At every BNI meeting, everyone gets 60 seconds to make an impact! It is strictly timed to say who you are, what you do and who is a good referral for you.
That introduction takes about 10 seconds, which leaves roughly 50 seconds for you to make an impact. How can you maximise this remaining time for the maximum outcome? Make it memorable, make it different from week to week…it’s your chance to educate!
Tell a story – people like stories and they provide a platform for people to relate to. It will place your business or service in context – handy if your offer is difficult to explain. it can plant a seed of an idea as to how people can refer you. Try and make it witty, make it engaging, use a prop but generate some sort of emotional response which will cause people to remember it.
Make notes – don’t rely on memory. Plan it properly. Sometimes you will think of something fantastic to say and then forget when it is your time to pitch to the room. It reflects well on you and your business if it looks like you have made an effort too!
Listen to radio commercials – How much information can a business get on a twenty second commercial? You have three times longer. Study the structure of how those commercials are put together and apply similar principles to your own 60 seconds.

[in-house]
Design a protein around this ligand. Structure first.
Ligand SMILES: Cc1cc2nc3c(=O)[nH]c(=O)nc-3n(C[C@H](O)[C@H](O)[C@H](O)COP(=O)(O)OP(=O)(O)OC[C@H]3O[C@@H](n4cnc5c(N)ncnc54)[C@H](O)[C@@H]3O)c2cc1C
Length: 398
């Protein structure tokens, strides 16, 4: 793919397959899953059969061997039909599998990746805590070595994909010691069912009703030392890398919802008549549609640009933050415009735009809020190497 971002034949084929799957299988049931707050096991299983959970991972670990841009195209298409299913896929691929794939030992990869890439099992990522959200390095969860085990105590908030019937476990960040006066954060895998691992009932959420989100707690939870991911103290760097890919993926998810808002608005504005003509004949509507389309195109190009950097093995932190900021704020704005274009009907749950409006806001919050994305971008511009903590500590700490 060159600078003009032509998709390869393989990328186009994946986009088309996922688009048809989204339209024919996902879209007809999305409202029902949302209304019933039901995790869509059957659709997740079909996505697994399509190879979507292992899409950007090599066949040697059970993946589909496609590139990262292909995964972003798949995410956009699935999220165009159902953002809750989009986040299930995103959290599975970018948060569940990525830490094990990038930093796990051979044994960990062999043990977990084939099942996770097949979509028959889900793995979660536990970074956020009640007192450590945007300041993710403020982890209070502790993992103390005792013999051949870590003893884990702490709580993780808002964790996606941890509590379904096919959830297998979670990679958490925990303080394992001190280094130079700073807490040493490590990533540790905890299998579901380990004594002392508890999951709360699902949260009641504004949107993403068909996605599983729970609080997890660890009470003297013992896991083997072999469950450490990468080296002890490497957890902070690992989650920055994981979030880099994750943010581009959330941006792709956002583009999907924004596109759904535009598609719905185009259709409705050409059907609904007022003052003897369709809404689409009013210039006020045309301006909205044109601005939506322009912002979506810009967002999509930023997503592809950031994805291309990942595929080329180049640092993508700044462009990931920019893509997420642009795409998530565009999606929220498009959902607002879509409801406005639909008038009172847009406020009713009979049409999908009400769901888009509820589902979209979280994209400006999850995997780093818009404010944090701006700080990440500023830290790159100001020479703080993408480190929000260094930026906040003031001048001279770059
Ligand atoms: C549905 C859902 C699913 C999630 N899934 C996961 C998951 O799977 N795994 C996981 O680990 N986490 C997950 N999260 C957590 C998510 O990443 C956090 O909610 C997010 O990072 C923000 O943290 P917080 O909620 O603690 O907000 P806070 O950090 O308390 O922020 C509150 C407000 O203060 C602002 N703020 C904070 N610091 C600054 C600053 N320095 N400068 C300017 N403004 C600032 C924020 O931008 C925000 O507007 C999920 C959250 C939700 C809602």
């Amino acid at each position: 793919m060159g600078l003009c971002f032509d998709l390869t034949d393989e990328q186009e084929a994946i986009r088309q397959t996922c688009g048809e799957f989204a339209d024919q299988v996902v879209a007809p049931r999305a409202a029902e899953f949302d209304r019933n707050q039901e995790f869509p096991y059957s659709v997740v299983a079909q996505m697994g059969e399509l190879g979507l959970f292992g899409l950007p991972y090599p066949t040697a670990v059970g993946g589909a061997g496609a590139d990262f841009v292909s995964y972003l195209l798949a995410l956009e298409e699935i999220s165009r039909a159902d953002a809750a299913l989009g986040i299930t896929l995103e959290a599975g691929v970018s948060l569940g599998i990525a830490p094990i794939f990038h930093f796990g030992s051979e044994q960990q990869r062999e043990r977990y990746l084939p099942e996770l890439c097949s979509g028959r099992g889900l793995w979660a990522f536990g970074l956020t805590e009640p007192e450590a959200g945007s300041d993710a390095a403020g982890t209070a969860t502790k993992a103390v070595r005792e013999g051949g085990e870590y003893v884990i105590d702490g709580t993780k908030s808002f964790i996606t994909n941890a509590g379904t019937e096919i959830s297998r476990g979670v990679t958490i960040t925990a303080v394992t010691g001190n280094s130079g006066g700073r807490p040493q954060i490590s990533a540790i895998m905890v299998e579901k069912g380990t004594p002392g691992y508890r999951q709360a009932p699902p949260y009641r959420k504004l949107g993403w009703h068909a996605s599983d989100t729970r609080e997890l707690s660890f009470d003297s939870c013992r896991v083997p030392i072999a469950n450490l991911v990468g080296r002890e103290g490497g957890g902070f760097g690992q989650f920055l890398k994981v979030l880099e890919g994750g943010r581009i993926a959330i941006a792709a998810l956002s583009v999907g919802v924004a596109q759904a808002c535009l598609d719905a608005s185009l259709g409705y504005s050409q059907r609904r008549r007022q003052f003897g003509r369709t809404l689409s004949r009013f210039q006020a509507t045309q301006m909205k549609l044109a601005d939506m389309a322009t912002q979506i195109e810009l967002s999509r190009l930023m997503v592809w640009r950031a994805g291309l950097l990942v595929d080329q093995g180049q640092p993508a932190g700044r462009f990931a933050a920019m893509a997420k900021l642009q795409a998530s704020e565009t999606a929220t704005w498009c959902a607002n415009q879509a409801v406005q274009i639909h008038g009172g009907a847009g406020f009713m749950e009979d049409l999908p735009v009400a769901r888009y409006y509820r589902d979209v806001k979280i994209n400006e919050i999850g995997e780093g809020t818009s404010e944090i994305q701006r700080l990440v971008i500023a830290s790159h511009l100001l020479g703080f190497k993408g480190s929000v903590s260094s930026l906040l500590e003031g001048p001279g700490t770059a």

Name someone – Think about your business offer and make an effort to find the name of someone who you’d like an introduction to or who would benefit. The business community is widespread and small and it’s amazing who knows who! You only have to look at your mutual connections on LinkedIn to realise this.
Help your sales team – They want to refer you but it’s up to you to instill the information and the sales message in their heads. Make it easy for people to refer you, keep it simple, give concrete ideas of the things to say. If your 60 seconds is muddled, complicated and unfocused it will make it difficult for people to refer you.
Listen to other people’s 60 seconds – sounds obvious but we have lots of visitors to BNI who don’t know you and you don’t know them. Listen carefully and look for synergy and opportunity between what you have said, or are planning to say and the others in the room.